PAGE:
GOP Senator Pans Biden Court Pick as “Beneficiary” of “Racial Discrimination”

Sen. Roger Wicker predicts no Republican votes for Biden’s not-yet-named nominee.

Sen. Roger Wicker on a Congressional visit to Kyiv, Ukraine.Pavlo Bagmut/Ukrinform/ZUMA

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The Onion headline writes itself: White Man From South Thinks Black Woman Getting Unfair Advantage. In this instance, it’s Mississippi Republican Sen. Roger Wicker, who told a local radio host that the first Black woman named to the Supreme Court will be a “beneficiary” of affirmative action in getting the job. “This new justice will probably not get a single Republican vote,” Wicker said, according to the Mississippi Free Press.

President Biden’s pledge to nominate a Black woman to the highest court is ironic, according to Wicker, because the Court will soon take up two cases about affirmative action in college admissions. “Supreme Court is at the very time hearing cases about this sort of affirmative racial discrimination,” Wicker said yesterday on SuperTalk Mississippi Radio, “while adding someone who is the beneficiary of this sort of quota.” 

Wicker did not remark on the great advantages that have helped him ascend to the Senate. Wicker was born in segregated Mississippi, where his father, a county prosecutor, would go on to be a state senator and judge. Wicker followed in his footsteps as a legacy admission to the University of Mississippi law school, and got his first taste of national politics as a 16-year-old page for virulent segregationist Rep. Jamie Whitten (D-Miss.). Wicker just might have benefited from, as he put it, “affirmative racial discrimination.” Today, we call that white privilege. Just 11 of 100 sitting senators are people of color—the most diverse Senate ever. White privilege surely has something to do with that.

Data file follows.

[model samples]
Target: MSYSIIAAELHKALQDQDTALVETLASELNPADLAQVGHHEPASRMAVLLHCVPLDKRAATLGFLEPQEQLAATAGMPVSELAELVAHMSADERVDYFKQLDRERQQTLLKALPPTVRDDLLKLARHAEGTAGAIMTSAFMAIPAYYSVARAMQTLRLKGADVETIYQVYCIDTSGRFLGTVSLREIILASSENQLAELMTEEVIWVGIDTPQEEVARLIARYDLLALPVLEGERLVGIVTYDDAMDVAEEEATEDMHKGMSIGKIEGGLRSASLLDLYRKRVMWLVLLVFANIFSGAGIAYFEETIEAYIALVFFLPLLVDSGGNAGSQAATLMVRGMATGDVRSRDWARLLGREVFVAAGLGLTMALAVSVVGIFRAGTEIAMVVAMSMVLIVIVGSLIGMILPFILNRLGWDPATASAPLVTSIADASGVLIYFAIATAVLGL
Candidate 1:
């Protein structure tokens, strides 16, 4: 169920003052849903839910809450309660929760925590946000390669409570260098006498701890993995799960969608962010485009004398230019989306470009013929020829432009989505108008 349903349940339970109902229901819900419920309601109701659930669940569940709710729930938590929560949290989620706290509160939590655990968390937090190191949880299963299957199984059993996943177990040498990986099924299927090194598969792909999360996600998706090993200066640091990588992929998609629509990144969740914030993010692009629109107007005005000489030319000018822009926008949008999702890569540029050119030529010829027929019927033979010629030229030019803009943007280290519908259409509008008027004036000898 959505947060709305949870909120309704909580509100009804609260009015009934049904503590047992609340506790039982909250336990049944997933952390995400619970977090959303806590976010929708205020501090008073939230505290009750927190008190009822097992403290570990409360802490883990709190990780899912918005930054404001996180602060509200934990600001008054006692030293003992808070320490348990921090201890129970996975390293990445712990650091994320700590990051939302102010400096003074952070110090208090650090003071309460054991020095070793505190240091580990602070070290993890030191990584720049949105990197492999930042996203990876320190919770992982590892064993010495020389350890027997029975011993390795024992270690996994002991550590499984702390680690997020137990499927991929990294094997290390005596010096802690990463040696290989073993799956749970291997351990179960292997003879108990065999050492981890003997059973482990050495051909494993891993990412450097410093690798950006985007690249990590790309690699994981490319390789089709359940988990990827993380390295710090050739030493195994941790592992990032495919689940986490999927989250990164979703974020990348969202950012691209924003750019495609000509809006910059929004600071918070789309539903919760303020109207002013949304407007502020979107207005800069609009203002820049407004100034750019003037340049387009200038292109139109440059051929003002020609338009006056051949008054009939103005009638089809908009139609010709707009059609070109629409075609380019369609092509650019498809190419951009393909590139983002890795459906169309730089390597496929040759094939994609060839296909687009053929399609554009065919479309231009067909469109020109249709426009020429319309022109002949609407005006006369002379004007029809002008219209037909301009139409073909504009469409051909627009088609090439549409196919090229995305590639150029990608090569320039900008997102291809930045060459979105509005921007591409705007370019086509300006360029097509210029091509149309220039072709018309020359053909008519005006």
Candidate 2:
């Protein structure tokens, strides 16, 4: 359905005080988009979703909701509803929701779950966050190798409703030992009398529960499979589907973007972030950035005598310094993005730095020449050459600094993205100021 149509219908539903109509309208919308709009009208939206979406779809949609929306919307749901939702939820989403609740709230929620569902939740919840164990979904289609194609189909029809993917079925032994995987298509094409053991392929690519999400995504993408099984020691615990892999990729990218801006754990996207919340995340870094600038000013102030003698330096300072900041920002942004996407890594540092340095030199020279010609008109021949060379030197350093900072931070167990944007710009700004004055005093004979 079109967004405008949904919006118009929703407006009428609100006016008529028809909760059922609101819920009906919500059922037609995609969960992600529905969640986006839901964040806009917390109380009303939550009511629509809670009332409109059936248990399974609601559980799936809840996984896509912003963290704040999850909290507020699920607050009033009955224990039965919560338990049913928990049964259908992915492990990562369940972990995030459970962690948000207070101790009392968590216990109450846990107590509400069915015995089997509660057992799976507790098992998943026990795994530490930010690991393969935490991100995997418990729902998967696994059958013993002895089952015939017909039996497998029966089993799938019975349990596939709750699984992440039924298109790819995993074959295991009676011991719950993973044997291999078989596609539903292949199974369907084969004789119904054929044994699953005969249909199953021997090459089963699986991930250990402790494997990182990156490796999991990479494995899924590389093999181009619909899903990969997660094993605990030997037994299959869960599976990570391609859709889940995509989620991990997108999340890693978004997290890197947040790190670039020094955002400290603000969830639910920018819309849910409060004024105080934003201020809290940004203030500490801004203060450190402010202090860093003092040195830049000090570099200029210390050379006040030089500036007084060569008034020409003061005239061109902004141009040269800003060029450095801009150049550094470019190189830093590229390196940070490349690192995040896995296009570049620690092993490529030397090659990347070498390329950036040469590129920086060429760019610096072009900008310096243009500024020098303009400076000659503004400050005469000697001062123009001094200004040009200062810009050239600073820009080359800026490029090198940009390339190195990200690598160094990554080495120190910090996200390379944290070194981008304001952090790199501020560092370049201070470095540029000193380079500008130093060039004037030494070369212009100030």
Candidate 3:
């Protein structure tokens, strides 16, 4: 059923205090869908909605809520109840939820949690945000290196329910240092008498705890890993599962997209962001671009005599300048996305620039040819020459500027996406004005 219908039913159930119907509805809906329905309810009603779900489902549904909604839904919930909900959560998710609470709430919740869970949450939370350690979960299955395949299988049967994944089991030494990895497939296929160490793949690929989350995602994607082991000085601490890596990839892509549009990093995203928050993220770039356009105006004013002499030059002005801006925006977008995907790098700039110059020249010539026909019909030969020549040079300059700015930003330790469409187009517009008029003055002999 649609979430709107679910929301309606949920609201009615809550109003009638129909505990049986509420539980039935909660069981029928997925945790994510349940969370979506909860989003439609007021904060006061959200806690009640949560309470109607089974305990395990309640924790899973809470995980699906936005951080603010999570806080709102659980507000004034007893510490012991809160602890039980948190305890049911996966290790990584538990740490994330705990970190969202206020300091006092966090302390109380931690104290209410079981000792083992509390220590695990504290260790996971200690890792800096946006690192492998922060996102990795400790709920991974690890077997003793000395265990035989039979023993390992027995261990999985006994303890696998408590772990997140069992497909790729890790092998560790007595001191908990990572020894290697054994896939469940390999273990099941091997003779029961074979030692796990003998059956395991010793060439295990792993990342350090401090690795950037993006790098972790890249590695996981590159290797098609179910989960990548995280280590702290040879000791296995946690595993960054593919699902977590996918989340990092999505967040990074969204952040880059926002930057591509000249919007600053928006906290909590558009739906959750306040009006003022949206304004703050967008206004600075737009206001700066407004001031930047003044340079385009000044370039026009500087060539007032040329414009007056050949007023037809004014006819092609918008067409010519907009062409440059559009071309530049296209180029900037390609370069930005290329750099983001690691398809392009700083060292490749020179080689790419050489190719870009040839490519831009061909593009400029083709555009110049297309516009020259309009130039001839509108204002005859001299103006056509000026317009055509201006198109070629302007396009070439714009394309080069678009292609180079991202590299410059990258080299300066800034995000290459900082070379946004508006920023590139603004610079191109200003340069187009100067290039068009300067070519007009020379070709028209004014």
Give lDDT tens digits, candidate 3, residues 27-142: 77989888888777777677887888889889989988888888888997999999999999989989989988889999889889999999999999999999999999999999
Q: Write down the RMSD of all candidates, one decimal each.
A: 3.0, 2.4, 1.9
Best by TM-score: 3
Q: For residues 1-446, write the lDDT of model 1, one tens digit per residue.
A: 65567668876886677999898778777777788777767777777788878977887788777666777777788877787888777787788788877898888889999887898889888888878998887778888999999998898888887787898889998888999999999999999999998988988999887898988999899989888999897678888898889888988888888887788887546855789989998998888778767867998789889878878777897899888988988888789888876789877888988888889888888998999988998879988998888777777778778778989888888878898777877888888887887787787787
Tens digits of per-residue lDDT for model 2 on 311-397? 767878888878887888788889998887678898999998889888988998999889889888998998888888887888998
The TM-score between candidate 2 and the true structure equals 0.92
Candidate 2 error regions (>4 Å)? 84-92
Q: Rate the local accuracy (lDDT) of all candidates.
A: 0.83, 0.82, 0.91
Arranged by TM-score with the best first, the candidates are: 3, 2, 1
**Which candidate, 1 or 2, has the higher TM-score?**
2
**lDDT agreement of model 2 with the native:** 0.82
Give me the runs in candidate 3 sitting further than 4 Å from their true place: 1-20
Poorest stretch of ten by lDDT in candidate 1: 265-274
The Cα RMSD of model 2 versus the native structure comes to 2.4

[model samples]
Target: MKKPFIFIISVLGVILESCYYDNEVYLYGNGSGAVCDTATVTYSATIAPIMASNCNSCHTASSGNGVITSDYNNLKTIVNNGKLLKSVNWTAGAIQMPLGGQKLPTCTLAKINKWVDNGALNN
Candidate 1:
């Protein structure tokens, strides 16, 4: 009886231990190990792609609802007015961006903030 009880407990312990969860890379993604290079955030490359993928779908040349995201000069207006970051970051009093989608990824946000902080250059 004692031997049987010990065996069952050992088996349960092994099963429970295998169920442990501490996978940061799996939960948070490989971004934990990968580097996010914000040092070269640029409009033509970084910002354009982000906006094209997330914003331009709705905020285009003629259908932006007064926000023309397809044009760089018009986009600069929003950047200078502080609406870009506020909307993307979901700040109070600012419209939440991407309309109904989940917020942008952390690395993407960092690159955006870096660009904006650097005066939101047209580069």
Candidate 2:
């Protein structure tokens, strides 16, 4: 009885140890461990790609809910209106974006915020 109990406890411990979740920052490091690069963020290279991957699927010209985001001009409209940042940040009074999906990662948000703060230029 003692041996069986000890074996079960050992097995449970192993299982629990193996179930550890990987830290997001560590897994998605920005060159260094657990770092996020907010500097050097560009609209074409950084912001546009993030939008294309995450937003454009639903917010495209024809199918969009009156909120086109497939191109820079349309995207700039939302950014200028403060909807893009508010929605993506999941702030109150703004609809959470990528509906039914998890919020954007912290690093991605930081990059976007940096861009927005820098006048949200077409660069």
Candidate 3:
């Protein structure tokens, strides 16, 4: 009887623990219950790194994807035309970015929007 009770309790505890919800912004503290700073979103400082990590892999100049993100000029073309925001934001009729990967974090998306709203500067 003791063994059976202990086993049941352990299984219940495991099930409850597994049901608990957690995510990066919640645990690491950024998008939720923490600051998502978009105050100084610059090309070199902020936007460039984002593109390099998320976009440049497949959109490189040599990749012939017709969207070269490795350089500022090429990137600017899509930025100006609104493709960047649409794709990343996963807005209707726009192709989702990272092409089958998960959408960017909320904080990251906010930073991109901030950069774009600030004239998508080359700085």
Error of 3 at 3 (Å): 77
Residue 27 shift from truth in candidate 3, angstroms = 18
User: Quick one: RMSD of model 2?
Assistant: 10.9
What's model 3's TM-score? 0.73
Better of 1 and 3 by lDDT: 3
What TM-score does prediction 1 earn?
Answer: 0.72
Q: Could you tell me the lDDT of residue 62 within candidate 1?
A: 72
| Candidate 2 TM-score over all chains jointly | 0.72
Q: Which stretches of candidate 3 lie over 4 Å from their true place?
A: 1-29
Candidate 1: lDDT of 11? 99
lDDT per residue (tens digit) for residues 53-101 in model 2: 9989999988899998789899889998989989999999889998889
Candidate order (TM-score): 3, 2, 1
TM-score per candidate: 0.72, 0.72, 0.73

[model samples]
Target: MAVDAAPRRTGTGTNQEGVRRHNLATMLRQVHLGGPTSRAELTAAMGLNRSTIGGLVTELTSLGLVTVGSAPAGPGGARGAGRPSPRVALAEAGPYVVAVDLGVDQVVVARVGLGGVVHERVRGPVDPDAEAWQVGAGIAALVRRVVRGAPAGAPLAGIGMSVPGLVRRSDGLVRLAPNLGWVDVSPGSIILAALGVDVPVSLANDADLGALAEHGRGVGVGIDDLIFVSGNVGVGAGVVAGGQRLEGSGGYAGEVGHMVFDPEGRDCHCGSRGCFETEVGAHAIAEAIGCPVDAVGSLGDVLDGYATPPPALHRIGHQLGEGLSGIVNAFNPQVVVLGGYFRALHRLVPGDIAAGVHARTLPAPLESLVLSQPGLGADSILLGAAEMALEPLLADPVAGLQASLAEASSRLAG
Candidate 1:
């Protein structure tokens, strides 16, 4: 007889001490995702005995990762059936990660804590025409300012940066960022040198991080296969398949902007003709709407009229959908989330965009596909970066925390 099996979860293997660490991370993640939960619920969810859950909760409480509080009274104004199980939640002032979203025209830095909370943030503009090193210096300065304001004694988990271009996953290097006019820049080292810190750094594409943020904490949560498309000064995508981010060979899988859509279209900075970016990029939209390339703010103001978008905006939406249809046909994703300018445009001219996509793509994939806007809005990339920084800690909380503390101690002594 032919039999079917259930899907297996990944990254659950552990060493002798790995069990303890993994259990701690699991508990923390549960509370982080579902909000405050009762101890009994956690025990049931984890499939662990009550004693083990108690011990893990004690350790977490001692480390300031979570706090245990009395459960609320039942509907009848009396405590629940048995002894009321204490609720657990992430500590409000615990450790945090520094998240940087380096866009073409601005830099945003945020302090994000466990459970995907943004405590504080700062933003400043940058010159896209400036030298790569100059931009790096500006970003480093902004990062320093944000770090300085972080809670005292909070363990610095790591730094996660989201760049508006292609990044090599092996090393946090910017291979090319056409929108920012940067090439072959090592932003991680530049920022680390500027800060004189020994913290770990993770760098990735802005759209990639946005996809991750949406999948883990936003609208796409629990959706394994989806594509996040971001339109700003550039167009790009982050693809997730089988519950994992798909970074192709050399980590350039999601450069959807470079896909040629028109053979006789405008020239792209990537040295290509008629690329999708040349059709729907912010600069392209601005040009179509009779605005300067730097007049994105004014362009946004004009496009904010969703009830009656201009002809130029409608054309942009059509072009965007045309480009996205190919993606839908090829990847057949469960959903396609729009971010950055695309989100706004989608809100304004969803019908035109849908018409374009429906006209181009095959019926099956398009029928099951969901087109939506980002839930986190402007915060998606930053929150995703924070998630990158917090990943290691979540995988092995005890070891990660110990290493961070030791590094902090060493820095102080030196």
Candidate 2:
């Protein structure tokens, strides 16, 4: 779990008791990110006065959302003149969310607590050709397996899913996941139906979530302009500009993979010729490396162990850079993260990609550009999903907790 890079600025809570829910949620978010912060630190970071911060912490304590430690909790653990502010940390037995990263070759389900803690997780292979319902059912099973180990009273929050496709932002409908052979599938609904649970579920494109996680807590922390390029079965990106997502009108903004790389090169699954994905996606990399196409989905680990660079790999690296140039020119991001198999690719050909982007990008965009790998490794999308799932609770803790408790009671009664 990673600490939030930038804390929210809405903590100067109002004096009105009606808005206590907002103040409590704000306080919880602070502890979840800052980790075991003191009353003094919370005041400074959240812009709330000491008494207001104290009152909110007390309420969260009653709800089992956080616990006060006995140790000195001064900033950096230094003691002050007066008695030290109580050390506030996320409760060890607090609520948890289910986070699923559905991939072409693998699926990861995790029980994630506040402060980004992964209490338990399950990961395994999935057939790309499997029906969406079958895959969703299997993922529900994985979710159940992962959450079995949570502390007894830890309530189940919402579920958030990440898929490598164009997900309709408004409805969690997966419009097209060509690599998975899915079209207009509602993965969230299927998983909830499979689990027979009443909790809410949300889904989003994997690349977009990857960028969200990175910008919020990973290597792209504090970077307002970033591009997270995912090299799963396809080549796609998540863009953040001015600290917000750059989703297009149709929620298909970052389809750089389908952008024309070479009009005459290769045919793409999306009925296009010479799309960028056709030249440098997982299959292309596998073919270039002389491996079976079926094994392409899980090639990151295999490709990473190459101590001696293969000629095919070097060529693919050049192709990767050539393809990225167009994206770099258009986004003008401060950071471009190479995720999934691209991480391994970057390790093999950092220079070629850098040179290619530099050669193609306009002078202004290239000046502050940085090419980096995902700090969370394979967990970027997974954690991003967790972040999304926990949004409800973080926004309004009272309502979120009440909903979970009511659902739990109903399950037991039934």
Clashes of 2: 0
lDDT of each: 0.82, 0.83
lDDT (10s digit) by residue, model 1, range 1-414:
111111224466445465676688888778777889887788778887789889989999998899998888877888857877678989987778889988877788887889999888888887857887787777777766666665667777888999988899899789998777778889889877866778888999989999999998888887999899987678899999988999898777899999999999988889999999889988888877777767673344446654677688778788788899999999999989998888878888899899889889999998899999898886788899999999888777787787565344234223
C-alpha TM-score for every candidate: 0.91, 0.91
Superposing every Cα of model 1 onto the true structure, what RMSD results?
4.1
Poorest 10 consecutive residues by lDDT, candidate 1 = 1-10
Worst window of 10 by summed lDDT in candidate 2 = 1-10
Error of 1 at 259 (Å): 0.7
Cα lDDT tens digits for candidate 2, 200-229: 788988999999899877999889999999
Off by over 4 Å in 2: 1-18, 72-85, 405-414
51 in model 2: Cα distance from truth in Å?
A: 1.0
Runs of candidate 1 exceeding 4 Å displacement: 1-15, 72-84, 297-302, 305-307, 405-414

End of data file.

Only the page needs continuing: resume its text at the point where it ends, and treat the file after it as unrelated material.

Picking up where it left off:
Wicker’s comments illustrate the racial hierarchy he benefited from. In replacing Justice Stephen Breyer, a white man, with a Black woman, he bemoaned the transition “from a nice, stately liberal to someone who’s probably more in the style of Sonia Sotomayor.” The white man is considered stately, but the Latina woman he usually agrees with is apparently not. And as the Free Press‘ Ashton Pittman points out, Wicker didn’t complain of affirmative action when Trump said he’d replace the late Justice Ruth Bader Ginsburg with a woman, following in the steps of Ronald Reagan, who promised to nominate the Court’s first woman, eventually appointing Justice Sandra Day O’Connor.

It’s only the bad kind of affirmative action when certain people get it.

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Which is also a pretty great way to describe Mother Jones' mission: People coming together around the truth to hold power accountable.

And right now, we need to raise about $400,000 from our online readers over the next two months to hit our annual goal and make good on that mission. Read more about the information war we find ourselves in and how people-powered, independent reporting can and must rise to the challenge—and please support our team's truth-telling journalism with a donation if you can right now.

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